A legend that exists in the cultural matrix of a society that is primarily oral can be a source of historical memory. In the case of the legend of the emigration of the Sagdlirmiut we have a fable that is passed from generation to generation as a unwritten record of how it came to be that the Saglirmiut came to the lands of the Inuit in northern Canada.
The story that follows speaks of Makite, fortunate to have married a woman with many brothers but terrible hunter, forced into exile destined to explore the lands to the south, the lands of the dwarfs and the inland folk a tale from the Inuit.
Raven is an important figure amongst written and verbal stories of the northwest and the Inuit. His tales are passed down through the generations of story tellers of the people and are particularly importance in terms of spirituality. Raven makes an ocean voyage, from the Inuit.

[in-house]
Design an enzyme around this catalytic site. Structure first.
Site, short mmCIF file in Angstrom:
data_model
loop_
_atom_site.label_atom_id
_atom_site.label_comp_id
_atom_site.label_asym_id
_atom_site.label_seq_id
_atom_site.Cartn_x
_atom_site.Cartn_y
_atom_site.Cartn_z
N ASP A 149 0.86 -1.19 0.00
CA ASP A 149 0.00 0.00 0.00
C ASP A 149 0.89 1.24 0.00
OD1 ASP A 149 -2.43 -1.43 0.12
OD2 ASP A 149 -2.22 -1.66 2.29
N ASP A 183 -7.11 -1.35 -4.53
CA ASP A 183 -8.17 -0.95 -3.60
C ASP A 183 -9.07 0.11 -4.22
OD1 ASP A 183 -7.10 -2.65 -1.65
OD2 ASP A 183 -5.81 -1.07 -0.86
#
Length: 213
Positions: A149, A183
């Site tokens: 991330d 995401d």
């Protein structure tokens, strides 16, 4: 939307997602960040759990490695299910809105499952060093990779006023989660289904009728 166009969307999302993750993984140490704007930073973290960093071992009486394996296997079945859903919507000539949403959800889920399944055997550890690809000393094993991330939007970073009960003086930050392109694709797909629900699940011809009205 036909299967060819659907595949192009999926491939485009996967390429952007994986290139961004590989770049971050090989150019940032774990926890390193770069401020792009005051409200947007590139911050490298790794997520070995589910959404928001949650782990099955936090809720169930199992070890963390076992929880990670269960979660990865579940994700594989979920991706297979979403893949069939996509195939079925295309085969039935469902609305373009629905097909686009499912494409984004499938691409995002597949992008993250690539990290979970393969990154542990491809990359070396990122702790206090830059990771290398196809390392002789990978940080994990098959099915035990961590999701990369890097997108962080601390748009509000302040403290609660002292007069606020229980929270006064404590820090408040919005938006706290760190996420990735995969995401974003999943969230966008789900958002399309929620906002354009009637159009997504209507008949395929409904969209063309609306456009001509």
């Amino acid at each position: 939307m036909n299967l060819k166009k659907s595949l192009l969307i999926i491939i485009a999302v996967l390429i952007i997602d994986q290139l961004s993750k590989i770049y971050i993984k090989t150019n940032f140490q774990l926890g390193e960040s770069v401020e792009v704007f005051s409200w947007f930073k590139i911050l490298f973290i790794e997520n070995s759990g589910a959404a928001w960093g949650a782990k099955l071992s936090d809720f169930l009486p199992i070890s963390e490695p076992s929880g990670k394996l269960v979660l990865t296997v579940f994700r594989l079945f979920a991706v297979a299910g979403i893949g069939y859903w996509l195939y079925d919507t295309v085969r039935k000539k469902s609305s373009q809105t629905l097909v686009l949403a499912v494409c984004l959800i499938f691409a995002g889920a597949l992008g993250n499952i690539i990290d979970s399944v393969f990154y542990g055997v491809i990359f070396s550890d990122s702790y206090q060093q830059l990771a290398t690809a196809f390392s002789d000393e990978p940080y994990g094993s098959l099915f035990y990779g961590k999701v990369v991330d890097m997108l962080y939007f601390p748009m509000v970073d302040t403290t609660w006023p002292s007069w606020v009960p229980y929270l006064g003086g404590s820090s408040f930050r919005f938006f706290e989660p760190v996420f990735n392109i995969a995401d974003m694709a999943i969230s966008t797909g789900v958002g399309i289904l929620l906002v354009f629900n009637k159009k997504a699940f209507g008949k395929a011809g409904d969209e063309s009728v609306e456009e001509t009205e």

From Puget Sound at the northern border of the United States all along the coast to Bering Strait, both Indians and Eskimo believe that the eagle, the raven, the goose, and perhaps any bird, can push up its beak making it the visor of a cap and thus become a man, and that by pulling it down he can become a bird again. A tale of First Man, First Woman and Raven.
A story all too familiar, Kiviung comes to the aid of a victim of bullying through the use of magical powers and himself becomes the focus of an evil witches as he is tossed about by the fates of fortune in his act of revenge of the young victim. A story of consequences, forseen and unforseen.
Today the term Inuit (pronounced /ˈɪnu.ɪt/ or /ˈɪnju.ɪt/; Inuktitut: ᐃᓄᐃᑦ, "the people") is used to for the group of culturally similar indigenous peoples inhabiting the Arctic regions of Greenland, Canada and Alaska. Inuit is a plural noun; the singular is Inuk. A look at Inuit beliefs and spirituality.